any apparent systematic record-keeping. My investigators were often required to go to a number of sources to locate documentation, and in some instances had to make requests direct to vendors regarding key documents relating to multi-million dollar contracts that Victoria Police had not retained or could not locate.” At that stage (2008-2009), Victoria Police’s annual IT budget was about $191 million.
I couldn’t help but chuckle when I saw this massive Victoria Police contract come up, given the notoriety which the organisation’s IT department is held within Australia’s technology sector.
I’ve got two things to say here. Firstly, it should be apparent to everyone involved in this fraught process that it will be closely examined afterwards, probably a few years afterwards, by state government auditors. Vendors will be asked for details, Victoria Police’s management will be asked for extensive records of the whole process, and eventually much of this will be made public. So I advise everyone involved to play this by the book. It should be obvious that vendors will need to stop their sales executives involved here from even spending too much on dinner with Victoria Police executives. We all saw how that got laid out so publicly — and most of the big vendors were involved in laying out the red carpet; not just IBM, but also Fujitsu and the then-Telstra’s KAZ (now part of Fujitsu), to name a few high-profile names.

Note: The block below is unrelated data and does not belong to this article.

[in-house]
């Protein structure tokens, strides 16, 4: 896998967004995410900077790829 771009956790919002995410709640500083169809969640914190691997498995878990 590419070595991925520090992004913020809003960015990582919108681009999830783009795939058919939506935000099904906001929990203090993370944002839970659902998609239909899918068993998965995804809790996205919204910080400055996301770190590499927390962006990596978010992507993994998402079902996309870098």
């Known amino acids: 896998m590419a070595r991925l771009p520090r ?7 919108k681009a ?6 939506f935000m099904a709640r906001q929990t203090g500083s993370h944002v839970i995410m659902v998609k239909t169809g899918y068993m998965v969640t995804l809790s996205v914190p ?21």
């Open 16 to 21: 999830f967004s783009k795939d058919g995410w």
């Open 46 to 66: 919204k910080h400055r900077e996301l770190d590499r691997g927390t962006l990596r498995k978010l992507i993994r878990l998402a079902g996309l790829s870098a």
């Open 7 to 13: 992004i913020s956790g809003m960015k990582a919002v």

Secondly, it should also be apparent that while most of this contract should be fairly standard, as it’s around enterprise IT infrastructure, the tricky part will come in maintaining Victoria Police’s application portfolio.
From the looks of it, the force has quite a lot of custom applications that it relies on, and quite a few are rated high-risk — if they suffer issues, then heads will roll as police officers aren’t able to get the information they need to do their job.
This is the backwash of decades where Australia’s public sector has believed strongly in the power of custom-built applications developed by major organisations such as Victoria Police. It’s a huge legacy, which is only gradually being phased out as organisations gradually shift onto more commercially developed systems which are gradually being standardised.
Couple this with the fact that Victoria Police has already demonstrated that it has extremely poor ICT project governance capability, and you have a wriggling nest of vipers which any IT vendor would be careful about going near. I expect the negotiations around that aspect of the IT outsourcing contract to be protracted.
To be honest, there’s only a few vendors who can handle this deal. IBM of course (and it’s probably already the frontrunner). HP, Fujitsu, CSC, perhaps Unisys, and perhaps even with some of these, there might be some ‘consortium’ action going on with some smaller players being brought in to carve off specific chunks. It will be interesting to see who responds to Victoria Police’s EOI.
If everything goes right during this contract, of course, Victoria Police’s ambitions could be realised, and it could result in a significant upgrade to its basic IT service delivery capability. But there’s a long road ahead, and I would expect quite a bit of turbulence along the way.
Image credit: @CJNewsAu, used with permission